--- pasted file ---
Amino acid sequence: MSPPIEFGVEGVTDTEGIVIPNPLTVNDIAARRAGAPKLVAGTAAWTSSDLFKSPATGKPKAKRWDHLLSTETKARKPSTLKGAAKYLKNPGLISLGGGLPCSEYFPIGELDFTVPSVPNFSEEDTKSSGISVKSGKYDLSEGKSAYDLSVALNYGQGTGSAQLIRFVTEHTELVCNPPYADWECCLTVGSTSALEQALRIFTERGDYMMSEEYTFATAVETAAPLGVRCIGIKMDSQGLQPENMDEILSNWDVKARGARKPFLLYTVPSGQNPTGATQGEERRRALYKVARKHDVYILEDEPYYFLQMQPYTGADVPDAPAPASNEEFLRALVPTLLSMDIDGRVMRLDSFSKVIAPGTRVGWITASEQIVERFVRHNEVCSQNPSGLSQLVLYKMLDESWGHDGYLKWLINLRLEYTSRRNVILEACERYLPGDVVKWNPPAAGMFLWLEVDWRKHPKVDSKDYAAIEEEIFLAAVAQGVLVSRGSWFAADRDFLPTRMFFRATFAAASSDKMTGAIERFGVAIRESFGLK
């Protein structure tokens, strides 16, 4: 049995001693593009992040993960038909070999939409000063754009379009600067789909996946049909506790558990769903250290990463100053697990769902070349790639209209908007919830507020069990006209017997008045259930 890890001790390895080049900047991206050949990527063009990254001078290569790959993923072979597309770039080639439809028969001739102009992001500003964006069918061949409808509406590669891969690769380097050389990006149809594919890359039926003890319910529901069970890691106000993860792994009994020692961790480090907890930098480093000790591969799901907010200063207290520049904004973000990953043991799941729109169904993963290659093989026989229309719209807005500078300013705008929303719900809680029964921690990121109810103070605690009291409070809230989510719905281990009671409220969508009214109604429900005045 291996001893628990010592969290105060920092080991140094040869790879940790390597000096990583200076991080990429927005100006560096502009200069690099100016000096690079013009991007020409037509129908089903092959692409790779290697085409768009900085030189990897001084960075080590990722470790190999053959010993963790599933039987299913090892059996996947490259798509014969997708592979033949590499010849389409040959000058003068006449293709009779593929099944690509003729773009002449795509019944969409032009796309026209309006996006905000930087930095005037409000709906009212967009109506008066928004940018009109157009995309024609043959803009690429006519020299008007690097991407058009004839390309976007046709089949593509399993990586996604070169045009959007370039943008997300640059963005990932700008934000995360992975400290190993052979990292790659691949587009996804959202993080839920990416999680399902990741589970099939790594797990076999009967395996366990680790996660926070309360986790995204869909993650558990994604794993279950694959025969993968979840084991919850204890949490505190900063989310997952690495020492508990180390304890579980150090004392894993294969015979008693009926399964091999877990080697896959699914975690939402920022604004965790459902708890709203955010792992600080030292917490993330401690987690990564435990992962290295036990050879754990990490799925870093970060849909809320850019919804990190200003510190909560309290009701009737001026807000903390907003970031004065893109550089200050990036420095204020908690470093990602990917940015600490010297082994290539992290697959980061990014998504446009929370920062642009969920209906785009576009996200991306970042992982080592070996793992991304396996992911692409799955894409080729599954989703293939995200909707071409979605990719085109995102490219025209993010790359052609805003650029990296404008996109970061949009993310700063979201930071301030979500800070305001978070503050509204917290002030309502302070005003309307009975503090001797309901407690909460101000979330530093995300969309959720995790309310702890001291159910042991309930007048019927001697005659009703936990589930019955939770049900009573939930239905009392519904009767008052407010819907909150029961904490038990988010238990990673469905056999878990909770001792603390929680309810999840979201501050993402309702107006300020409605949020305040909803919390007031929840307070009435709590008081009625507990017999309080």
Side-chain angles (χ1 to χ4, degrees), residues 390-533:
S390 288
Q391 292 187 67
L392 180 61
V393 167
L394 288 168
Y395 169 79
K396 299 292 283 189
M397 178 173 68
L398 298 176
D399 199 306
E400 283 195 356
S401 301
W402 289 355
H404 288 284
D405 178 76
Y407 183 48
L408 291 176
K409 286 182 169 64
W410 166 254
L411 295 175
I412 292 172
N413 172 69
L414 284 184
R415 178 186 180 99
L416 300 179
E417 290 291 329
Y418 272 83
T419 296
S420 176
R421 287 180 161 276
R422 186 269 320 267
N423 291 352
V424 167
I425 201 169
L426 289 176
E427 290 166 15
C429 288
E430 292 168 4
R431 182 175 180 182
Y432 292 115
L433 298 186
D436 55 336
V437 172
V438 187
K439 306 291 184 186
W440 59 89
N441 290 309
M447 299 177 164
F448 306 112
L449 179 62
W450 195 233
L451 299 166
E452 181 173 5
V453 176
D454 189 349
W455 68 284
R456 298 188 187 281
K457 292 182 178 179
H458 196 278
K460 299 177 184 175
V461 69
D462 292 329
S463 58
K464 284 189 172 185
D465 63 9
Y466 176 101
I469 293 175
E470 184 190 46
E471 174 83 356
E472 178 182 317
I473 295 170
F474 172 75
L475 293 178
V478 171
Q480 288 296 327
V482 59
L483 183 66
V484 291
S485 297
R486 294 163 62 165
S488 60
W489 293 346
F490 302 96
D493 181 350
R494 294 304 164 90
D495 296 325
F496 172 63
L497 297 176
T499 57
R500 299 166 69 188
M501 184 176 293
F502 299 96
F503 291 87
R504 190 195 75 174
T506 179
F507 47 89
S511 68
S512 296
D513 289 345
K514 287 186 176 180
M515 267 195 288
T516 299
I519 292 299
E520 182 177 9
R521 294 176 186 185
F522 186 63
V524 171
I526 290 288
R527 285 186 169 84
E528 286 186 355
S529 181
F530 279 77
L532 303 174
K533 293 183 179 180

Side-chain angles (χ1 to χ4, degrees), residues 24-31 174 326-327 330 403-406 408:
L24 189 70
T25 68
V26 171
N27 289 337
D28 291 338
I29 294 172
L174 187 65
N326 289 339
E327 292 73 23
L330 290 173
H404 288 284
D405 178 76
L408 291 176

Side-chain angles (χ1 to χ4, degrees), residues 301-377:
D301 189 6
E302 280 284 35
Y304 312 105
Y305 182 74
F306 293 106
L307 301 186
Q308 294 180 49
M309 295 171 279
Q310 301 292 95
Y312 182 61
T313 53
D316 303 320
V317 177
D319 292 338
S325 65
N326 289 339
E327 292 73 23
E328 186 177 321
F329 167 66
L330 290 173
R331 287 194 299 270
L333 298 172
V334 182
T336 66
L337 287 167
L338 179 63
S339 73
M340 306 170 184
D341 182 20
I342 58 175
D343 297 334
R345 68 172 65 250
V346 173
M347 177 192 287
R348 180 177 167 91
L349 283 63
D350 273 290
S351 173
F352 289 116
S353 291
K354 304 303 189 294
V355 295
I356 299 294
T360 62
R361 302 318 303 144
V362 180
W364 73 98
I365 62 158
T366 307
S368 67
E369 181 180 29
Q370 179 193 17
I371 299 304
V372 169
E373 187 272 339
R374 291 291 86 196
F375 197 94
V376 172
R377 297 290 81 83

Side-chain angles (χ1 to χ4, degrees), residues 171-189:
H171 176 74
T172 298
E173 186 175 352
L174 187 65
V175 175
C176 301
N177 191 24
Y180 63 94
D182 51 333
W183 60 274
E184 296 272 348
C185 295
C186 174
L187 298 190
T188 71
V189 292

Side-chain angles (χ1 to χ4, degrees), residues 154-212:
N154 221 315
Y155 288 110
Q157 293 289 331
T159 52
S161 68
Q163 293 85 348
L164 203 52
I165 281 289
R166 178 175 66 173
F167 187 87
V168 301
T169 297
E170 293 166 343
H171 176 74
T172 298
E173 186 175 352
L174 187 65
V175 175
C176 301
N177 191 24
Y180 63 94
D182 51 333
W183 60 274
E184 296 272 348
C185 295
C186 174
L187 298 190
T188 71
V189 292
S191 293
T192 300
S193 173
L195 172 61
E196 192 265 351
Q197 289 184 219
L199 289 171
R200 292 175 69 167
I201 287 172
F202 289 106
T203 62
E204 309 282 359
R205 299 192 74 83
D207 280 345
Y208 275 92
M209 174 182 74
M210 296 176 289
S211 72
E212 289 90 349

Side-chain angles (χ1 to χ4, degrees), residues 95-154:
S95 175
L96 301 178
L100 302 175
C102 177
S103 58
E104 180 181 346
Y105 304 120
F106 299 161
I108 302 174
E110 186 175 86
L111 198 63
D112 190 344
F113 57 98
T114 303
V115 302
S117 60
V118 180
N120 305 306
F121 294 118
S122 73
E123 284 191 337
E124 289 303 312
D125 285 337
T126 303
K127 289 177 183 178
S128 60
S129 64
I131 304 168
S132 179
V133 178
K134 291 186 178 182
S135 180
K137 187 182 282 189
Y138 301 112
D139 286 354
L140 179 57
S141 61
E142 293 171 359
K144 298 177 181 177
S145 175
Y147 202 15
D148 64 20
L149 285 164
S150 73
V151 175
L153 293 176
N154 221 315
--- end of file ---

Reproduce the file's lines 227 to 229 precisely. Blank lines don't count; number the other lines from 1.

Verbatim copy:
V175 175
C176 301
N177 191 24